- 16-year-olds committing serious crimes can be tried as adults
- Debate arose after teen convict in fatal rape case was freed
India tightened its laws for teenagers accused of serious crimes, amid outrage over the release of a juvenile convicted in the 2012 Delhi gang rape that shocked the nation.
Sixteen to 18-year-olds who commit heinous crimes, such as murder or rape, can now be tried as adults. The convict, who can’t be named under Indian law as he was less than 18 years of age at the time of the attack, was released on Sunday after serving the maximum sentence of three years in a reform home. Others convicted in the case have received death sentence by court.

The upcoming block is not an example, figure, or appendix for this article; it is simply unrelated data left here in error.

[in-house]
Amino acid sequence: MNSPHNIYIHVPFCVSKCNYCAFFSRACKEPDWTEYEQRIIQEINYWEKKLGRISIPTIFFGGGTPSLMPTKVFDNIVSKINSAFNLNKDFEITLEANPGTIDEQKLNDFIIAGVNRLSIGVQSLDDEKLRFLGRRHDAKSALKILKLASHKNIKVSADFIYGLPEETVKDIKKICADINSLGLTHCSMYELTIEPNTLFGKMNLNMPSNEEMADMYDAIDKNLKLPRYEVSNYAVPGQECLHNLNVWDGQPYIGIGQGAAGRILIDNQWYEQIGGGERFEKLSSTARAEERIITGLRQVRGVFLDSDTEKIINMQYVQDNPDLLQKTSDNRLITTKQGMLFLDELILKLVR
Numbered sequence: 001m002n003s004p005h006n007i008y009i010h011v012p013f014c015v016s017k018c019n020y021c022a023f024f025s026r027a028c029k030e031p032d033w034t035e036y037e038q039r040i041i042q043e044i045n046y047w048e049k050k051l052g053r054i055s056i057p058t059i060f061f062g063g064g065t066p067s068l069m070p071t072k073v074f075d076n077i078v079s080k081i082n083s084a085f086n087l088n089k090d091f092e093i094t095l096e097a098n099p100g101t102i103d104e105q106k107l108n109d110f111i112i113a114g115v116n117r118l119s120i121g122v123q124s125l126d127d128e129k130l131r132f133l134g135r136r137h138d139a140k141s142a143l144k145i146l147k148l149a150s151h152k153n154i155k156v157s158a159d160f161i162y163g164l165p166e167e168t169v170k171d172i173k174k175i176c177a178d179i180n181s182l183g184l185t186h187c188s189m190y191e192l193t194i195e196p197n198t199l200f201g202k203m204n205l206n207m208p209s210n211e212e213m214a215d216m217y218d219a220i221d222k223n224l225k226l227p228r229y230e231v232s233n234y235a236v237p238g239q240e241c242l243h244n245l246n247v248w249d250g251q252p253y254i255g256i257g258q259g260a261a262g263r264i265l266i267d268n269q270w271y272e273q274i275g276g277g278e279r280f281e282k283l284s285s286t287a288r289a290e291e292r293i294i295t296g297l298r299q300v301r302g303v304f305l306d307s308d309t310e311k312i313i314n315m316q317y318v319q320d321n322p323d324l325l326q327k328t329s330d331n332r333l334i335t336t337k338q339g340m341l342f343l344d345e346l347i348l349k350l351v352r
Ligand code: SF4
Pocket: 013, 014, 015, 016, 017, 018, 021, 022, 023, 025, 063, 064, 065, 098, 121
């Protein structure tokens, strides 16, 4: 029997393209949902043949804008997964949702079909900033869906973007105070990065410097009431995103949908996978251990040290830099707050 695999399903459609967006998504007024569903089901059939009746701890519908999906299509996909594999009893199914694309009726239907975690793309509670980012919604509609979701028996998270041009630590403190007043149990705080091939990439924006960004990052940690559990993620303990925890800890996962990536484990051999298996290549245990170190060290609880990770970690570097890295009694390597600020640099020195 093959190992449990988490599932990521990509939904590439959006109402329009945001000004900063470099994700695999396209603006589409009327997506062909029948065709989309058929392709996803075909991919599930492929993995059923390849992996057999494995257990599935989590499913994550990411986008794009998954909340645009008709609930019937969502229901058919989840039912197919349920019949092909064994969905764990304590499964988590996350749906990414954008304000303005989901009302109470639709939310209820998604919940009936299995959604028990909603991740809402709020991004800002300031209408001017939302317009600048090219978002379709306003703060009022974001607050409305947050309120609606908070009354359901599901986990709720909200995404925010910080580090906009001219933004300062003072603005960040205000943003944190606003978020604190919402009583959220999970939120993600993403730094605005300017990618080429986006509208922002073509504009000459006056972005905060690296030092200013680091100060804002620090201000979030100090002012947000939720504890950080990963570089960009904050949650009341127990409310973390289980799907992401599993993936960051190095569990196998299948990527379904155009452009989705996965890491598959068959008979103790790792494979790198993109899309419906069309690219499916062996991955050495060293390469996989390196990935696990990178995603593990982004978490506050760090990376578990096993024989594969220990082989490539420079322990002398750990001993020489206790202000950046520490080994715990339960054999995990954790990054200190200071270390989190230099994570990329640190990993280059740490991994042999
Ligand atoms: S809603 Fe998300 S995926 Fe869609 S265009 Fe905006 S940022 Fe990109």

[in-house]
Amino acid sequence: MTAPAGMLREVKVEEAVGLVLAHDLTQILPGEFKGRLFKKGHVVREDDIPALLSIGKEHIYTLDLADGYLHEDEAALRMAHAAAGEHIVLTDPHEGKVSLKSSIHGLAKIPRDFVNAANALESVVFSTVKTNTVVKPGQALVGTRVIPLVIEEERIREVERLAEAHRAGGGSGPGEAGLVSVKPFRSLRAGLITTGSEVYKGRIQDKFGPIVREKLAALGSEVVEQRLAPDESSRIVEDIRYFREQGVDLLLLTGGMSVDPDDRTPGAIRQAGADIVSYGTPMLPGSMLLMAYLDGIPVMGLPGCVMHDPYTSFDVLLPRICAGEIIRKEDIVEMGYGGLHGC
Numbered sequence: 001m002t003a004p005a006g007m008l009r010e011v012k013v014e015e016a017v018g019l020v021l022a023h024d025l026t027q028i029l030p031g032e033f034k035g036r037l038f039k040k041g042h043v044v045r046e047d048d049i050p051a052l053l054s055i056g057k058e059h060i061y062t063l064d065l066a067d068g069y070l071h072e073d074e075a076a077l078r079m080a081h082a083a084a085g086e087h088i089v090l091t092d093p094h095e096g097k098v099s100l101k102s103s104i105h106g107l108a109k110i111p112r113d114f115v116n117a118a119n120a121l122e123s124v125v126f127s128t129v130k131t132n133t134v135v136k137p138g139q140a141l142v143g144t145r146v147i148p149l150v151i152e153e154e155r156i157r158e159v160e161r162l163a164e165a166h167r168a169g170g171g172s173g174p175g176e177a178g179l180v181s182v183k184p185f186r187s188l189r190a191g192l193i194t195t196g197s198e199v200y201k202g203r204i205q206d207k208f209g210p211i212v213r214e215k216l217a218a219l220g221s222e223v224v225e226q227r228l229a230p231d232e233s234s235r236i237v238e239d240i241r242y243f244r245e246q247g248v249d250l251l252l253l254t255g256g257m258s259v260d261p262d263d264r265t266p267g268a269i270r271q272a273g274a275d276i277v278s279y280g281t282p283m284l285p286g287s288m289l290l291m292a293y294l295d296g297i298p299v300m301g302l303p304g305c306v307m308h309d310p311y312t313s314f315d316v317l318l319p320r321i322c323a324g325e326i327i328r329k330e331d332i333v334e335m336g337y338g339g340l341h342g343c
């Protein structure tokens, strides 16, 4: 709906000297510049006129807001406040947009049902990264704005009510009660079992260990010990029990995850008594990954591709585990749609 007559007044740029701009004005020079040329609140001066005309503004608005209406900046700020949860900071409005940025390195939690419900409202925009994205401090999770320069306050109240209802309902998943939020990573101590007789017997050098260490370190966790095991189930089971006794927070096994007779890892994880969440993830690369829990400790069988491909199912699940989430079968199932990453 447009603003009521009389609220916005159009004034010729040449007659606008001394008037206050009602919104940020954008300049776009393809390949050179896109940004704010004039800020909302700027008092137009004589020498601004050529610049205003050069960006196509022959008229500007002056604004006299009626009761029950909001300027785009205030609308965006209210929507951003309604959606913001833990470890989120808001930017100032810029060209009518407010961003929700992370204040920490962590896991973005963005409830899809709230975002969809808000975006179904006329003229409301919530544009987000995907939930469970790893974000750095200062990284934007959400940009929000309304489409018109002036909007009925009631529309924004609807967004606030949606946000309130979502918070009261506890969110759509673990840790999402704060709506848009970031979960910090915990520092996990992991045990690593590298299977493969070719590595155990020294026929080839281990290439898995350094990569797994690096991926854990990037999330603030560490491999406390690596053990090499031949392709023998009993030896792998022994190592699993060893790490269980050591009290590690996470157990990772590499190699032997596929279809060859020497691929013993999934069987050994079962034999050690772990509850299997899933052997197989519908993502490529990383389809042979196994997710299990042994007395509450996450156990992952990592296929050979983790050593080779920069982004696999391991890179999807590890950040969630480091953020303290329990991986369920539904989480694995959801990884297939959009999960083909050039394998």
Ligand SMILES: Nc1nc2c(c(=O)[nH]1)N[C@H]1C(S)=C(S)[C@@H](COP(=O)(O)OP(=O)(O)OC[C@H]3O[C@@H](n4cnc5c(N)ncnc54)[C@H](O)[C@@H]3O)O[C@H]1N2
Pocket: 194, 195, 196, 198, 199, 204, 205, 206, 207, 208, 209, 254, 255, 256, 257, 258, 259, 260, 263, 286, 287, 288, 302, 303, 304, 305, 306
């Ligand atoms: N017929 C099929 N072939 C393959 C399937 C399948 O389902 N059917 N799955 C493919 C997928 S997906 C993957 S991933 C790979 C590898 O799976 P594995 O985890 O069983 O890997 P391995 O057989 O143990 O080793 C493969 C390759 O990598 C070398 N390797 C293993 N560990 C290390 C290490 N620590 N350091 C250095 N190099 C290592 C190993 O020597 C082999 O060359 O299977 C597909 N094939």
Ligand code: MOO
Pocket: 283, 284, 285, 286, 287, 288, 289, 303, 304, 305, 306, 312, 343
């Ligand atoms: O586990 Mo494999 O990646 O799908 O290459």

While the amended law can’t be applied retrospectively to cover the convict, its supporters say it will act as a deterrent. Critics however argue that harsher laws in the wake of the fatal gang rape have failed to deter crimes against women, which they say are largely due to entrenched patriarchal values.
Reported crimes against women -- including rape and sexual assault -- rose 10 percent in 2014 from a year earlier. More than 38,000 cases were registered against juveniles in 2014, rising from 35,861 in 2013 and 31,973 a year earlier, lawmakers were told this month. It’s unclear if the numbers have risen due to better reporting or more crimes.